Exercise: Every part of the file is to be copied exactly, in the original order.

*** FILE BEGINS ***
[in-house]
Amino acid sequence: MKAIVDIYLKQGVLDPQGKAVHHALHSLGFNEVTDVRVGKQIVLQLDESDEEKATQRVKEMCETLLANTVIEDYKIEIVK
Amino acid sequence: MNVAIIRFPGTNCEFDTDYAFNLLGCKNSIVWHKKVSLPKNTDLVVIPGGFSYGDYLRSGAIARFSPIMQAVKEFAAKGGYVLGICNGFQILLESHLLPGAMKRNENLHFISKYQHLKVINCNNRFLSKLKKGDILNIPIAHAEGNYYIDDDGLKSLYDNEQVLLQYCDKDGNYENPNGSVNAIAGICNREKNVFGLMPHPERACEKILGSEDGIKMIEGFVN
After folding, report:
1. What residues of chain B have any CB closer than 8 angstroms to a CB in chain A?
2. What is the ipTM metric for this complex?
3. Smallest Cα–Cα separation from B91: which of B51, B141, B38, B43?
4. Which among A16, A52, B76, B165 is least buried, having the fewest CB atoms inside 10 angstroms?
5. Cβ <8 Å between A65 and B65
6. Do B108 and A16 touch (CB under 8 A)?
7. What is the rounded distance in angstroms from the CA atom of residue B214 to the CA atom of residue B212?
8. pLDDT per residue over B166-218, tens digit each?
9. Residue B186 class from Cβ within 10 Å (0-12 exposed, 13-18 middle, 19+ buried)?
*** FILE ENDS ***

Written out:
[in-house]
Amino acid sequence: MKAIVDIYLKQGVLDPQGKAVHHALHSLGFNEVTDVRVGKQIVLQLDESDEEKATQRVKEMCETLLANTVIEDYKIEIVK
Amino acid sequence: MNVAIIRFPGTNCEFDTDYAFNLLGCKNSIVWHKKVSLPKNTDLVVIPGGFSYGDYLRSGAIARFSPIMQAVKEFAAKGGYVLGICNGFQILLESHLLPGAMKRNENLHFISKYQHLKVINCNNRFLSKLKKGDILNIPIAHAEGNYYIDDDGLKSLYDNEQVLLQYCDKDGNYENPNGSVNAIAGICNREKNVFGLMPHPERACEKILGSEDGIKMIEGFVN
After folding, report:
1. What residues of chain B have any CB closer than 8 angstroms to a CB in chain A?
2. What is the ipTM metric for this complex?
3. Smallest Cα–Cα separation from B91: which of B51, B141, B38, B43?
4. Which among A16, A52, B76, B165 is least buried, having the fewest CB atoms inside 10 angstroms?
5. Cβ <8 Å between A65 and B65
6. Do B108 and A16 touch (CB under 8 A)?
7. What is the rounded distance in angstroms from the CA atom of residue B214 to the CA atom of residue B212?
8. pLDDT per residue over B166-218, tens digit each?
9. Residue B186 class from Cβ within 10 Å (0-12 exposed, 13-18 middle, 19+ buried)?